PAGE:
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Increased Tax Preparer Oversight

2010 January 6
by dtolleth

In a press release on 4 January 2010, the IRS outlined plans to step up oversight of tax preparers.  For taxpayers seeking help to prepare their tax returns this is good news. Finding qualified tax preparers will be easier.

Exempted from the new oversight procedures are Enrolled Agents, CPAs, and Attorneys who are already subject to more stringent IRS oversight. Included are a large group of previously unregulated tax preparers who may or may not possess the requisite knowledge to correctly prepare a taxpayer’s return.

IRS Proposes New Registration, Testing and Continuing Education Requirements for Tax Return Preparers Not Already Subject to Oversight

Higher Standards to Boost Protections and Service for Taxpayers,
Increase Confidence in System, Yield Greater Compliance with Tax Laws

WASHINGTON –– The Internal Revenue Service kicked off the 2010 tax filing season today by issuing the results of a landmark six-month study that proposes new registration, testing and continuing education of tax return preparers. With more than 80 percent of American households using a tax preparer or tax software to help them prepare and file their taxes, higher standards for the tax preparer community will significantly enhance protections and service for taxpayers, increase confidence in the tax system and result in greater compliance with tax laws over the long term.

To bring immediate help to taxpayers this filing season, the IRS also announced a sweeping new effort to reach tax return preparers with enforcement and education. As part of the outreach effort, the IRS is providing tips to taxpayers to ensure they are working with a reputable tax return preparer.

“As tax season begins, most Americans will turn to tax return preparers to help with one of their biggest financial transactions of the year. The decisions announced today represent a monumental shift in the way the IRS will oversee tax preparers,” said IRS Commissioner Doug Shulman. “Our proposals will help ensure taxpayers receive competent, ethical service from qualified professionals and strengthen the integrity of the nation’s tax system. In addition, we are taking immediate action to step up oversight of tax preparers this filing season.”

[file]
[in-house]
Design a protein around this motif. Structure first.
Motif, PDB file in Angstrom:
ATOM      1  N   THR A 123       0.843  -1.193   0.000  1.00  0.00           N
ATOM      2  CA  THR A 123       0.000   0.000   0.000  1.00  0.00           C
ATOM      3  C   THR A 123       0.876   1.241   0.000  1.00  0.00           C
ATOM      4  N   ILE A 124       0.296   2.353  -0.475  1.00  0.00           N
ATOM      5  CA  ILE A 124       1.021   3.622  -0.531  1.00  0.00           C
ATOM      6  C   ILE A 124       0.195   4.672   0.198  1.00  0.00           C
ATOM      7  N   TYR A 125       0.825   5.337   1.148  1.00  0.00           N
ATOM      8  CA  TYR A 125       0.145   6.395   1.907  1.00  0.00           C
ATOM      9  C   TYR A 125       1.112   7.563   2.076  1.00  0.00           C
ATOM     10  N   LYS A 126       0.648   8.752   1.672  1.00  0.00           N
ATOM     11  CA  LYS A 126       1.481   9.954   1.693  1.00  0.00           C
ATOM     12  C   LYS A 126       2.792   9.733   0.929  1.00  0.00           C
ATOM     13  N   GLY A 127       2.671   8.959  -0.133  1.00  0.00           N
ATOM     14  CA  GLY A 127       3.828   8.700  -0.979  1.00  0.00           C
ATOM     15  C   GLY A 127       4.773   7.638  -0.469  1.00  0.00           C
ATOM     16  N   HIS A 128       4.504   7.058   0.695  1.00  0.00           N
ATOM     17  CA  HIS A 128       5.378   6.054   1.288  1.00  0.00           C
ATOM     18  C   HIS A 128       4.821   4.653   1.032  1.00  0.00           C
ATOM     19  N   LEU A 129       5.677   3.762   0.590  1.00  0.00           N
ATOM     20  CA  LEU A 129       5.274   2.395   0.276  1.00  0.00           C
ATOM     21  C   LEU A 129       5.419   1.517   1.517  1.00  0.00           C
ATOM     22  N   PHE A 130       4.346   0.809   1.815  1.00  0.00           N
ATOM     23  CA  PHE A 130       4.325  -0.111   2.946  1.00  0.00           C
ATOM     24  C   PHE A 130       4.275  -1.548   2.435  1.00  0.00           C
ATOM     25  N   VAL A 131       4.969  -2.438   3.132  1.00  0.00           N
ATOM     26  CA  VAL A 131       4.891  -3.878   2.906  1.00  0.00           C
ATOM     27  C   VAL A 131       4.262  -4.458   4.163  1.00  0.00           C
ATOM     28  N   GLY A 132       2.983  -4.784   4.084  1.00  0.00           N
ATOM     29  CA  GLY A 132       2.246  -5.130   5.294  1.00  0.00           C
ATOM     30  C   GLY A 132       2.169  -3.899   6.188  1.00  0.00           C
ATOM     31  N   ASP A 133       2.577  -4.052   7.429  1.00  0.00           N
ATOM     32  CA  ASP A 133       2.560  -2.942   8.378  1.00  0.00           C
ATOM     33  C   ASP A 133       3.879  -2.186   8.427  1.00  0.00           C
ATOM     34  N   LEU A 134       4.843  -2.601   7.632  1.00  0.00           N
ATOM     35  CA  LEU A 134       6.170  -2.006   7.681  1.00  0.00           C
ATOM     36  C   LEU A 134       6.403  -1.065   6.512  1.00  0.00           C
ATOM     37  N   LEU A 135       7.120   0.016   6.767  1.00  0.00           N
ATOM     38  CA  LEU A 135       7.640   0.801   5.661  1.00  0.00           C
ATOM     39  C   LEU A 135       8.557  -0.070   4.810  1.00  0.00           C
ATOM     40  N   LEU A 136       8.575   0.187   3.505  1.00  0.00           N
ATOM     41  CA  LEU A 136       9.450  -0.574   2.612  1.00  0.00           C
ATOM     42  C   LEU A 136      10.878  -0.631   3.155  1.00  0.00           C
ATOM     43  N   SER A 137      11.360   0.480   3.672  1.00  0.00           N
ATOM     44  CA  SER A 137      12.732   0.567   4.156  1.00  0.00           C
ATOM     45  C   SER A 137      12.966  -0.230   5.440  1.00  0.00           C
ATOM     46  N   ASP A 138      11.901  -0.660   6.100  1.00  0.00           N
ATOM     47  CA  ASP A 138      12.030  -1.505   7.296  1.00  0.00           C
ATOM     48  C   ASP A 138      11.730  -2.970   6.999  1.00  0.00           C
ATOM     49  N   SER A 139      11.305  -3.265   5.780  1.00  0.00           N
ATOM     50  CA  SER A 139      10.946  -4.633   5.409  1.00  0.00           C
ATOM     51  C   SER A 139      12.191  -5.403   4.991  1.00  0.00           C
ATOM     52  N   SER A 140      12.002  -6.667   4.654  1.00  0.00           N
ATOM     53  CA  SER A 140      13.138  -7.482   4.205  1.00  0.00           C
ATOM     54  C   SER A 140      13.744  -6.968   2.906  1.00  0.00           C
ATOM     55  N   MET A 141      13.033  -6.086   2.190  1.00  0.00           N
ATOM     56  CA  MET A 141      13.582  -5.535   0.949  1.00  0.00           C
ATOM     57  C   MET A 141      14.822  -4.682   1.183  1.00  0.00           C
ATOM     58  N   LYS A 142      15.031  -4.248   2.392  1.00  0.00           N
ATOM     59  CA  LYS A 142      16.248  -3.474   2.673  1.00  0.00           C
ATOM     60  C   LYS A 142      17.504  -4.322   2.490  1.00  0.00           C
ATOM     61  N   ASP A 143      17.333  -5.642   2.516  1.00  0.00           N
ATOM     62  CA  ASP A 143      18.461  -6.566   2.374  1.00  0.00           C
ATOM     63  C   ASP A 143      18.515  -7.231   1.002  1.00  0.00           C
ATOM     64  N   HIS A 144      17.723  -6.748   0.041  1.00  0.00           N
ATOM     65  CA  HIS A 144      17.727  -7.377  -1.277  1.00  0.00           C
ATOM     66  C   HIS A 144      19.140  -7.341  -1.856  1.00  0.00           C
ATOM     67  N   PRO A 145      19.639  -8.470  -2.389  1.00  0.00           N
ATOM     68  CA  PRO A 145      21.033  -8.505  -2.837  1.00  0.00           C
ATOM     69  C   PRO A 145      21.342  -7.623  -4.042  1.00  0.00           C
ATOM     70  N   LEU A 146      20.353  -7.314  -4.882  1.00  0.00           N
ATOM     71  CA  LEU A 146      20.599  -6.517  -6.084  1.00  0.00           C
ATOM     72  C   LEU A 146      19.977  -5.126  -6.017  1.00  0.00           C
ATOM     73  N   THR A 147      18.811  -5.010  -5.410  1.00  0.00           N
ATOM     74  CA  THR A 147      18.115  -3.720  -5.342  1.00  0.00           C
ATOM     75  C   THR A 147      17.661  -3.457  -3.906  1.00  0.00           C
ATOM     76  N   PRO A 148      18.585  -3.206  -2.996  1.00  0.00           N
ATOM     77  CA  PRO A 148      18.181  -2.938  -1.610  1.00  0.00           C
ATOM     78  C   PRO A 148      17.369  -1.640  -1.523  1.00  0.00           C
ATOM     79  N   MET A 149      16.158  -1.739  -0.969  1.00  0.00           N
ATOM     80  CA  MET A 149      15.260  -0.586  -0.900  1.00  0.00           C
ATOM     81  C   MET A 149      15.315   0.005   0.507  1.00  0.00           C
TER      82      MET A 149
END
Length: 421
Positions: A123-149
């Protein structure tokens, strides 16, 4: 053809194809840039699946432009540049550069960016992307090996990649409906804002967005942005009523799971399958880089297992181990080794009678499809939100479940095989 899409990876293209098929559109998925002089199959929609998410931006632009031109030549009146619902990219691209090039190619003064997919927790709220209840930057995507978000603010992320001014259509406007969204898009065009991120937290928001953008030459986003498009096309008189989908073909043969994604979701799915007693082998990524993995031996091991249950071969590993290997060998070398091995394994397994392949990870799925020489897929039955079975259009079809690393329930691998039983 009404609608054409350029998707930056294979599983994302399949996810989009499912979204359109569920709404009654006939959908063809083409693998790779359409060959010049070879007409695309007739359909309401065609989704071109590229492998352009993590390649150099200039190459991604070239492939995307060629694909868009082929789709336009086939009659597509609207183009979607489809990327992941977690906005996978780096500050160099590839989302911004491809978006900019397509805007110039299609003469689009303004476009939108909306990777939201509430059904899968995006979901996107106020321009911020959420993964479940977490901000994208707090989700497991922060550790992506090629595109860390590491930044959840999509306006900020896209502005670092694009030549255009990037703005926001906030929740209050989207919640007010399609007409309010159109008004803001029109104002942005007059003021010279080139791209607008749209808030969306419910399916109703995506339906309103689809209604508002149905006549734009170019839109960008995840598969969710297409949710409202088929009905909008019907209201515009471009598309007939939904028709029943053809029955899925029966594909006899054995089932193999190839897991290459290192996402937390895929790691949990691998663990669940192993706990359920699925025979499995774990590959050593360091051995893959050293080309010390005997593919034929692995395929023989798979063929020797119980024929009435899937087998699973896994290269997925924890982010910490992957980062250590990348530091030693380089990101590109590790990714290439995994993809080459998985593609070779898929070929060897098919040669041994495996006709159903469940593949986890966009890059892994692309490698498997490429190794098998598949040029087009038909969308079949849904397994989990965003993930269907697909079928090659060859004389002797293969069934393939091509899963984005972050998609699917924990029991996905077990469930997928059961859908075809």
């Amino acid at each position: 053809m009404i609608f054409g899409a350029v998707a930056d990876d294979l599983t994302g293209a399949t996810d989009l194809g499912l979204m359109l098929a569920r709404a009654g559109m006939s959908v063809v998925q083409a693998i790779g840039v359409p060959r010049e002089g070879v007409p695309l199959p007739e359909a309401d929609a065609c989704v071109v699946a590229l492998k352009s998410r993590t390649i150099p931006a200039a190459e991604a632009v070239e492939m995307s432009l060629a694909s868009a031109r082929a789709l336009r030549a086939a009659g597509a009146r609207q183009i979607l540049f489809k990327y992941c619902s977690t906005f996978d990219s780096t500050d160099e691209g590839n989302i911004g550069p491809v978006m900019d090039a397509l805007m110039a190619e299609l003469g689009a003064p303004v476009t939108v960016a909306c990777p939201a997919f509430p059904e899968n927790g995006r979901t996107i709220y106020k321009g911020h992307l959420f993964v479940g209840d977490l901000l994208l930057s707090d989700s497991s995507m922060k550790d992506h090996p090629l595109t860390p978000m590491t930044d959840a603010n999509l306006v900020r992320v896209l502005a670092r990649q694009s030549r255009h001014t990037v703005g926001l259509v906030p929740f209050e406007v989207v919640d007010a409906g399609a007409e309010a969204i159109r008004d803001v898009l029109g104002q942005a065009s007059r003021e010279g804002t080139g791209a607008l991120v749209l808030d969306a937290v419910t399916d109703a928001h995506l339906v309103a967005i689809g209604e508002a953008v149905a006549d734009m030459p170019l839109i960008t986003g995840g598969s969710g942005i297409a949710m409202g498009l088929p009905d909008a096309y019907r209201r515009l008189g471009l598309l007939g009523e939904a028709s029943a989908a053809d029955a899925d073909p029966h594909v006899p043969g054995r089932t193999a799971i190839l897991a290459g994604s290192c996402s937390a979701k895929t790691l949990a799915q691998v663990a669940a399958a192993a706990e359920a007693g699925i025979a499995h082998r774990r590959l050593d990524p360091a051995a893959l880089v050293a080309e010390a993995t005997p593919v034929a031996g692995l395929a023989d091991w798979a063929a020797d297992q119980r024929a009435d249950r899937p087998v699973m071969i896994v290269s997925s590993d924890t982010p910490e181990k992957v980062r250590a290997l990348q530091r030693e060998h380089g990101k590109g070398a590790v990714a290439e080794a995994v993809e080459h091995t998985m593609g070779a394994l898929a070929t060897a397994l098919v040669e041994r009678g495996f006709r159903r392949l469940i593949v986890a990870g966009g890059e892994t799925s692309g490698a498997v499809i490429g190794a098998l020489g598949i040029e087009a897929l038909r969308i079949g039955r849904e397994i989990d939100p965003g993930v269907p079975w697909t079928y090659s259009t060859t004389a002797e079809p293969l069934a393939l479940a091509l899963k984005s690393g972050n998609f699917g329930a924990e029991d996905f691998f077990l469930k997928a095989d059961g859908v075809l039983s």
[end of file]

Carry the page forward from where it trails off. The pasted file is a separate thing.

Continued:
Based on the results of the Return Preparer Review released today, the IRS recommends a number of steps that it plans to implement for future filing seasons, including:

Requiring all paid tax return preparers who must sign a federal tax return to register with the IRS and obtain a preparer tax identification number (PTIN). These preparers will be subject to a limited tax compliance check to ensure they have filed federal personal, employment and business tax returns and that the tax due on those returns has been paid.
Requiring competency tests for all paid tax return preparers except attorneys, certified public accountants (CPAs) and enrolled agents who are active and in good standing with their respective licensing agencies.
Requiring ongoing continuing professional education for all paid tax return preparers except attorneys, CPAs, enrolled agents and others who are already subject to continuing education requirements.
Extending the ethical rules found in Treasury Department Circular 230 — which currently only apply to attorneys, CPAs and enrolled agents who practice before the IRS — to all paid preparers. This expansion would allow the IRS to suspend or otherwise discipline tax return preparers who engage in unethical or disreputable conduct.
Other measures the IRS anticipates taking are highlighted in the 55-page report released today.

Currently, anyone may prepare a federal tax return for anyone else and charge a fee. While some preparers are currently licensed by their states or are enrolled to practice before the IRS, many do not have to meet any government or professionally mandated competency requirements before preparing a federal tax return for a fee.

First Step: Letters to 10,000 Preparers

The initiatives announced today will take several years to fully implement and will not be in effect for the current 2010 tax season. In the meantime, the IRS is taking immediate action to step up oversight of preparers for the 2010 filing season.

Beginning this week, the IRS is sending letters to approximately 10,000 paid tax return preparers nationwide. These preparers are among those with large volumes of specific tax returns where the IRS typically sees frequent errors. The letters are intended to remind preparers to be vigilant in areas where the errors are frequently found, including Schedule C income and expenses, Schedule A deductions, the Earned Income Tax Credit and the First Time Homebuyer Credit.